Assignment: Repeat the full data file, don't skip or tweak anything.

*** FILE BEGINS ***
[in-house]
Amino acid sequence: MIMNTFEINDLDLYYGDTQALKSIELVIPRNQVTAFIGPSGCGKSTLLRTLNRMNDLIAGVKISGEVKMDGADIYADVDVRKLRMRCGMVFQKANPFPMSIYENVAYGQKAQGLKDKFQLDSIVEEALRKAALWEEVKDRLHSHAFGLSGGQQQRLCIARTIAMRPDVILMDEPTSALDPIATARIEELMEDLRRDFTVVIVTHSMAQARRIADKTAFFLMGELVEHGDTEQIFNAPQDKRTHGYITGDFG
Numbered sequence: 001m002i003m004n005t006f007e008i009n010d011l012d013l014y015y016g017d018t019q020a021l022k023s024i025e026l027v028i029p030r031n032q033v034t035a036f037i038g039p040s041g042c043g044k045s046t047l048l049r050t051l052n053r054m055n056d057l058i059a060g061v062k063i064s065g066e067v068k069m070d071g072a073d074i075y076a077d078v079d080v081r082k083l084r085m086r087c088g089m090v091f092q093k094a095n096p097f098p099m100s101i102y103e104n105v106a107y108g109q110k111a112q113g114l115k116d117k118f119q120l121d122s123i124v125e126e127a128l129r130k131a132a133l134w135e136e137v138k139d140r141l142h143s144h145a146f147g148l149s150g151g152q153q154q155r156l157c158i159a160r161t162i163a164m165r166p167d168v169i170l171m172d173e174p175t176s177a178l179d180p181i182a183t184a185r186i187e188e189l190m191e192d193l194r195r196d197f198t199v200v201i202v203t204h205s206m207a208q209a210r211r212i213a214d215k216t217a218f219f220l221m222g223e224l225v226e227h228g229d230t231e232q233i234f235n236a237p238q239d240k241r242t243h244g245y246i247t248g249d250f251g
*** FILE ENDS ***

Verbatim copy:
[in-house]
Amino acid sequence: MIMNTFEINDLDLYYGDTQALKSIELVIPRNQVTAFIGPSGCGKSTLLRTLNRMNDLIAGVKISGEVKMDGADIYADVDVRKLRMRCGMVFQKANPFPMSIYENVAYGQKAQGLKDKFQLDSIVEEALRKAALWEEVKDRLHSHAFGLSGGQQQRLCIARTIAMRPDVILMDEPTSALDPIATARIEELMEDLRRDFTVVIVTHSMAQARRIADKTAFFLMGELVEHGDTEQIFNAPQDKRTHGYITGDFG
Numbered sequence: 001m002i003m004n005t006f007e008i009n010d011l012d013l014y015y016g017d018t019q020a021l022k023s024i025e026l027v028i029p030r031n032q033v034t035a036f037i038g039p040s041g042c043g044k045s046t047l048l049r050t051l052n053r054m055n056d057l058i059a060g061v062k063i064s065g066e067v068k069m070d071g072a073d074i075y076a077d078v079d080v081r082k083l084r085m086r087c088g089m090v091f092q093k094a095n096p097f098p099m100s101i102y103e104n105v106a107y108g109q110k111a112q113g114l115k116d117k118f119q120l121d122s123i124v125e126e127a128l129r130k131a132a133l134w135e136e137v138k139d140r141l142h143s144h145a146f147g148l149s150g151g152q153q154q155r156l157c158i159a160r161t162i163a164m165r166p167d168v169i170l171m172d173e174p175t176s177a178l179d180p181i182a183t184a185r186i187e188e189l190m191e192d193l194r195r196d197f198t199v200v201i202v203t204h205s206m207a208q209a210r211r212i213a214d215k216t217a218f219f220l221m222g223e224l225v226e227h228g229d230t231e232q233i234f235n236a237p238q239d240k241r242t243h244g245y246i247t248g249d250f251g